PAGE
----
by Alessandra Luedeking
On Sunday, February 16, the Center for Christian-Jewish Learning hosted its third annual John Paul II Lecture in Jewish-Christian relations. The lecture was given by the renowned Rev. Dr. Christian M. Rutishauser S.J. of Switzerland. He is the current provincial of the multilingual community of the Jesuit Society in Switzerland. Fr. Rutishauer completed his doctorate at the University of Lucerne and has since published numerous articles and lectures on Jewish-Christian themes in Rome and Munich.
The lecture was structured into four sections: Rediscovering the Origins of Christianity, the Fruits of Nostra Aetate, the restoration of the Feast of the Circumcision of Christ, and the Day of Judaism.
The first section focused on the historical and theological beginnings of the Christian faith and its relationship to Judaism. During Jesus’s time on earth, Judaism was a multifaceted phenomenon with a “disproportionately great impact on the dominant Pagan hedonistic society.” Jewish life was centered on the Temple, the scene of liturgical rites, the place where Jewish laws were interpreted, and most importantly, the embodiment of belief in God. When the Romans destroyed the temple, Jewish culture had to be redefined and reorganized, prompting the emergence of two religious movements: the messianic and the rabbinic movements. Both movements shared the core elements of faith, but interpreted them differently. The messianic movement developed into Christianity, while the rabbinic movement comprises the modern Jewish religion.
The second section focused on the Vatican II document entitled, Nostra Aetate, which addresses the church’s relationship to non-Christian religions. In the text, Judaism is not regarded in the external manner that other religions are treated. When reflecting on the nature of Christianity, one inevitably encounters Judaism.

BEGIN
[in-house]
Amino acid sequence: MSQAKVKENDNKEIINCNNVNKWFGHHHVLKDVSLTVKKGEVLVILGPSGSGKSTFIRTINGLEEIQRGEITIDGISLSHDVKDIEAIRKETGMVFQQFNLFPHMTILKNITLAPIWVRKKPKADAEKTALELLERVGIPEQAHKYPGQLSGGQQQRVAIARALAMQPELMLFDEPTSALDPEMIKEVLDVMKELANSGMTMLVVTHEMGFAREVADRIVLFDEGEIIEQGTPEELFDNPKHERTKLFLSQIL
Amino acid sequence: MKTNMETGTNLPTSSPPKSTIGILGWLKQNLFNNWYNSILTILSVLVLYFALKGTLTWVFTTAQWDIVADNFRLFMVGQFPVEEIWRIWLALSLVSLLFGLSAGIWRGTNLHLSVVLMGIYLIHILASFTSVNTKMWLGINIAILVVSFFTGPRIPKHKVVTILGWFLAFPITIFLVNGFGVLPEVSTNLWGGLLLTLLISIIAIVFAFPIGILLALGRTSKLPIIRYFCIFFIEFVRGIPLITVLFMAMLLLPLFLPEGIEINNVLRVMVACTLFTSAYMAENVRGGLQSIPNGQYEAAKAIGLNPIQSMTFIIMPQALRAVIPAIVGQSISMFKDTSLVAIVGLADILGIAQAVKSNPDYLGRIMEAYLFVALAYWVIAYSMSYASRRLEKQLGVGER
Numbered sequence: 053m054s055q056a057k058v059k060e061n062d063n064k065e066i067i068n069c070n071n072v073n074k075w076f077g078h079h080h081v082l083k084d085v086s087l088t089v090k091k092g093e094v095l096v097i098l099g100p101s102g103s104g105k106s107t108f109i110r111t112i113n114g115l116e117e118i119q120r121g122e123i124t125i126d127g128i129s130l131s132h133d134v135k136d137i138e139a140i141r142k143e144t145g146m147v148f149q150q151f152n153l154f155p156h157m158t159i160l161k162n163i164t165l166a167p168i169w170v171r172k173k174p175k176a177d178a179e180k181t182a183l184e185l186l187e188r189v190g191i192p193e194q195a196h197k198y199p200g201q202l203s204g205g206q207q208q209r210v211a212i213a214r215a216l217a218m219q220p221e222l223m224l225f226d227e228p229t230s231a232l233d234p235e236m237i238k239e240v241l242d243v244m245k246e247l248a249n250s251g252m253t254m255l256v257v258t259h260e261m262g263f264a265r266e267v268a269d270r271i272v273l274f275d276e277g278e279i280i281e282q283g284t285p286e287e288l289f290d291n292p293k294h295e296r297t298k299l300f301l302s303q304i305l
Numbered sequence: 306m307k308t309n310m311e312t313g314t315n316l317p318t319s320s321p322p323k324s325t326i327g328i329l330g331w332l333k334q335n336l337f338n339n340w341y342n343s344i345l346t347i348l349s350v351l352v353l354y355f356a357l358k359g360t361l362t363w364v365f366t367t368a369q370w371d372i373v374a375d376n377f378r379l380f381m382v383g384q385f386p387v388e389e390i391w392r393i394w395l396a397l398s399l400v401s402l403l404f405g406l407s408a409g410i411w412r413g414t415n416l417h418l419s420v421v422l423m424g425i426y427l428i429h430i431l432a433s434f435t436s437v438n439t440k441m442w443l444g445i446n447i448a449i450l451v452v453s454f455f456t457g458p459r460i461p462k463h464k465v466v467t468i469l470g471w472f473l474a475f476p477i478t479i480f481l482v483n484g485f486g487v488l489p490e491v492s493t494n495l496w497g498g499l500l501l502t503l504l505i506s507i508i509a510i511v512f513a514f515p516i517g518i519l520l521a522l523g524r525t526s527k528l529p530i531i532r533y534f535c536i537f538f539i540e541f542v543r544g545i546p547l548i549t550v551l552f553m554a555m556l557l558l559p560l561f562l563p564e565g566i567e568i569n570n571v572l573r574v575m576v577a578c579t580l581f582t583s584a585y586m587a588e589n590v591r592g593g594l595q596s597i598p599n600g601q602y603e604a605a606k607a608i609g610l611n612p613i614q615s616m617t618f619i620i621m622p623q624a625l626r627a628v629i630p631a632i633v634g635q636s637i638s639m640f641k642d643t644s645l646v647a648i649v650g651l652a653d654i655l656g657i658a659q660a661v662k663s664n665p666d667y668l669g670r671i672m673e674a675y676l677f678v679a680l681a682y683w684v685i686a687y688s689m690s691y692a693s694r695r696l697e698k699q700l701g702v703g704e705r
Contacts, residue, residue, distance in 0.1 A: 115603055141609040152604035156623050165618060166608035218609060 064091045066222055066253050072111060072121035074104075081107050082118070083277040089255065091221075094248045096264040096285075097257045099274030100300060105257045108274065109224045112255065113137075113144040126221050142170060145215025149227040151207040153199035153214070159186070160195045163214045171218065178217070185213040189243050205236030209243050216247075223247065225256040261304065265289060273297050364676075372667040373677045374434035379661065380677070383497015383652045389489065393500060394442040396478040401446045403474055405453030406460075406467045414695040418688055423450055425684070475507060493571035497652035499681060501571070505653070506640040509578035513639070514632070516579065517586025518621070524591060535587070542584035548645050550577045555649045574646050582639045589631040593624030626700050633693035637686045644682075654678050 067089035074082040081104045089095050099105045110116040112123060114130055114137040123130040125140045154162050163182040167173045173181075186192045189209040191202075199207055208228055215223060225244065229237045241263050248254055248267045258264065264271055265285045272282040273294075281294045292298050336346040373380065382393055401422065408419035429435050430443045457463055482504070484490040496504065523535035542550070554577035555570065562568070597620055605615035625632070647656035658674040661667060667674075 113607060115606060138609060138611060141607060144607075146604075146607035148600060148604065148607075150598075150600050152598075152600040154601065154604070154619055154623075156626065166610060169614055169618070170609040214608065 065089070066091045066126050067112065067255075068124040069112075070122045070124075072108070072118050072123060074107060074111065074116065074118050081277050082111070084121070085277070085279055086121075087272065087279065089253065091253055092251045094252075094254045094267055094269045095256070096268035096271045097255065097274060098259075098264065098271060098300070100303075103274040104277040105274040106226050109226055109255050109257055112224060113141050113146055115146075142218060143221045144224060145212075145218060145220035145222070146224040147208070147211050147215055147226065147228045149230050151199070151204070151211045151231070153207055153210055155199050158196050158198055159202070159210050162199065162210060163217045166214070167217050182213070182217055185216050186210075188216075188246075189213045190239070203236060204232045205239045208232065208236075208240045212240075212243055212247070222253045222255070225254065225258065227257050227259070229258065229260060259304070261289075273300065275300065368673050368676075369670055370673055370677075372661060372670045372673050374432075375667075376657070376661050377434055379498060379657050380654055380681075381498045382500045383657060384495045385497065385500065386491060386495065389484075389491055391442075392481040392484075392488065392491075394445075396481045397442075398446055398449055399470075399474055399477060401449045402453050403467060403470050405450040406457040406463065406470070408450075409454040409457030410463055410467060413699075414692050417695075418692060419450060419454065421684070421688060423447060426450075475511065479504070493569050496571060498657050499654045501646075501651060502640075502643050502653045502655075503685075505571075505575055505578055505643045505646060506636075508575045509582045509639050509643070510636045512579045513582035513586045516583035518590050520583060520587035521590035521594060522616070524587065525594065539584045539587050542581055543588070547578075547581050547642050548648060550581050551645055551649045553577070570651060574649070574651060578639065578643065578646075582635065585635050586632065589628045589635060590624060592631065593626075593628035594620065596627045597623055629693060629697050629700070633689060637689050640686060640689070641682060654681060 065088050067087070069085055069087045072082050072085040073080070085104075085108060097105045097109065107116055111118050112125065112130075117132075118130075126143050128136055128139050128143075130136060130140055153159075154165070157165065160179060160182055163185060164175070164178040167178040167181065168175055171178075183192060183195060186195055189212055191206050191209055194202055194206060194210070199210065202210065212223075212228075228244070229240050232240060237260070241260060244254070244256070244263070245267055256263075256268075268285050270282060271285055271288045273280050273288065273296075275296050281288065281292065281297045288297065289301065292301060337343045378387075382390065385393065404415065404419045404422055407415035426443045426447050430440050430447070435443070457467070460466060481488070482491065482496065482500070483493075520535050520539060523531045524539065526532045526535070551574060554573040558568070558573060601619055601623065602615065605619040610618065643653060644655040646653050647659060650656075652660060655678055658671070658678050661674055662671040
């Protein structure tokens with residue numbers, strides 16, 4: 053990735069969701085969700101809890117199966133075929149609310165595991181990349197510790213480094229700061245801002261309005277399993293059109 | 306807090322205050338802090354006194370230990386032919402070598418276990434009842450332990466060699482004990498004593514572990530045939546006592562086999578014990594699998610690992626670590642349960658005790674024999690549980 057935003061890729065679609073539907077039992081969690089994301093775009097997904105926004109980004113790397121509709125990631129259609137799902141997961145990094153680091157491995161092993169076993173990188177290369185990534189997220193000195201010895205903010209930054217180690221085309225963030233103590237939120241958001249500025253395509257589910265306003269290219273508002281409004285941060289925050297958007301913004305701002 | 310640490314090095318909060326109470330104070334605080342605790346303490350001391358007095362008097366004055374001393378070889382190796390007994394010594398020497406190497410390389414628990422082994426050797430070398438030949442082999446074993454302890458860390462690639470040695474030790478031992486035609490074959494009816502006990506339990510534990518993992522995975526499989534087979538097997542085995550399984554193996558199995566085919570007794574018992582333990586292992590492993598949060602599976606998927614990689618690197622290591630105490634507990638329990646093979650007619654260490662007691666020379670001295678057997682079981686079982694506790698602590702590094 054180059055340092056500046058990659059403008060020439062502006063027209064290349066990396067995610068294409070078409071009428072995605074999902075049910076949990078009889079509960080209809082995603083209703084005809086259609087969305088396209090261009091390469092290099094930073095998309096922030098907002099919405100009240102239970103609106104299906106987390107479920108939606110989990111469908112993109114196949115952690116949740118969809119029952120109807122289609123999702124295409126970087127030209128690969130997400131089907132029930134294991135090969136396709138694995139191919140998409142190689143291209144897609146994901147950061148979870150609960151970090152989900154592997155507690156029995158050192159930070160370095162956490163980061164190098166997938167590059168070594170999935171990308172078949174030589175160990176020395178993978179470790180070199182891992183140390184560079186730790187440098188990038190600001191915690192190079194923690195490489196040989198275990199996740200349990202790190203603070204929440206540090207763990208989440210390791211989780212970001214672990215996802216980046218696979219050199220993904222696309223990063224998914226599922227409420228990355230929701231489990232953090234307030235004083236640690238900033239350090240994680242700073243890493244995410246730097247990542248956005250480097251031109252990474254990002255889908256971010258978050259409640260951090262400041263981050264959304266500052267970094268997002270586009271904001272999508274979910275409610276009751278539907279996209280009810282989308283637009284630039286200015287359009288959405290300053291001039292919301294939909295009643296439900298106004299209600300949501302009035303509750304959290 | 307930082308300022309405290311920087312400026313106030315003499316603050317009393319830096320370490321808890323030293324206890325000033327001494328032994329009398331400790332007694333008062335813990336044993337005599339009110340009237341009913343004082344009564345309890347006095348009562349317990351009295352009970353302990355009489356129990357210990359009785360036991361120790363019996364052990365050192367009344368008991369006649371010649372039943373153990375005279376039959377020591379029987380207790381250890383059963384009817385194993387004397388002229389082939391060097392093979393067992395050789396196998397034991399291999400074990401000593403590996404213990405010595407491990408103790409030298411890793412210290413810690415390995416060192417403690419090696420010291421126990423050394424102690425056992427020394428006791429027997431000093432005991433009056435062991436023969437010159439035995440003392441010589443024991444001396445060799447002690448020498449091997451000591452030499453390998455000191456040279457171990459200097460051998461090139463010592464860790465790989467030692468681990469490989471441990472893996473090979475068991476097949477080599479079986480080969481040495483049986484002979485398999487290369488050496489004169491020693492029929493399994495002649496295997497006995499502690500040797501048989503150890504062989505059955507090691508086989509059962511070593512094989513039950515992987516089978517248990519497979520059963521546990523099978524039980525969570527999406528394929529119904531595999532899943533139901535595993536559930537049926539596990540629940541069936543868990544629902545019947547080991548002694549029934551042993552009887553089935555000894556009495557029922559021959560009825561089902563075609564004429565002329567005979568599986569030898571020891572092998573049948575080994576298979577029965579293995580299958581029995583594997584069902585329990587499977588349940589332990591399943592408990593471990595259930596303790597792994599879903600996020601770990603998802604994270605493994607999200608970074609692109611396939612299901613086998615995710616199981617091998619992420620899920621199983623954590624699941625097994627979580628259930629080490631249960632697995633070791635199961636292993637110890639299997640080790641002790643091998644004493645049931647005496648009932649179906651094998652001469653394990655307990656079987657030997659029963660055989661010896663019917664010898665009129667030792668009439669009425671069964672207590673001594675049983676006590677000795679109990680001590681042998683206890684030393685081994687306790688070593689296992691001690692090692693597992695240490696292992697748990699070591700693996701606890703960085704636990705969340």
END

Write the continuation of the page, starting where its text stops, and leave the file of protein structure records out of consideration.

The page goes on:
“The church is tied to the synagogue. Whenever this relationship is denied or repressed, the core of the Christian message is reduced and misinterpreted. If Christianity forgets its relationship with Judaism, it begins to exhibit anti-Judaic behavior, since it cannot then refrain from putting itself in the place of the Jews in its reading of Sacred Scripture. This would make the Church the sole recipient of the Hebrew Bible and would deny the Jewish right to exist,” said Fr. Rutishauer.
The focal point of the lecture was addressed in the third section regarding the desire for the reinstatement of the Feast of the Circumcision of Christ. This feast day was celebrated on January 1st before its abolition in 1960. Circumcision marks the Jewish male’s entry into the Covenant with God. Jesus partook of this tradition, bearing significant theological implications.
The first of these is the correlation between baptism and circumcision.
“Circumcision, as a mark of the covenant for the Jews, correlates with the act of immersion in Baptism,” Fr. Rutishauser said. “Like circumcision, Baptism creates religious identity and confers membership of the people of God.” He further argues that Baptism and circumcision have the shared purpose of “dying to sin.”
A second implication relates circumcision to the beauty of procreation and sexuality. “Sexuality must be acknowledged as an integral aspect of the state of being created,” said Fr. Rutishauser.
Finally, the blood shed during circumcision is associated with the blood of Christ shed on the cross. “The sacrifice of the foreskin, a sign made on the male member, stands for the sacrifice that underpins all cultural development. It corresponds to the sacrifice of the cross that confronts the destructive forces of death,” explained Fr. Rutishauser.
Fr. Rutishauser ended his lecture by advocating the celebration of the Day of Judaism in the United States, which most European countries celebrate on the 17 of January. The day emphasizes the Church’s Jewish heritage and promotes dialogue between the two faiths.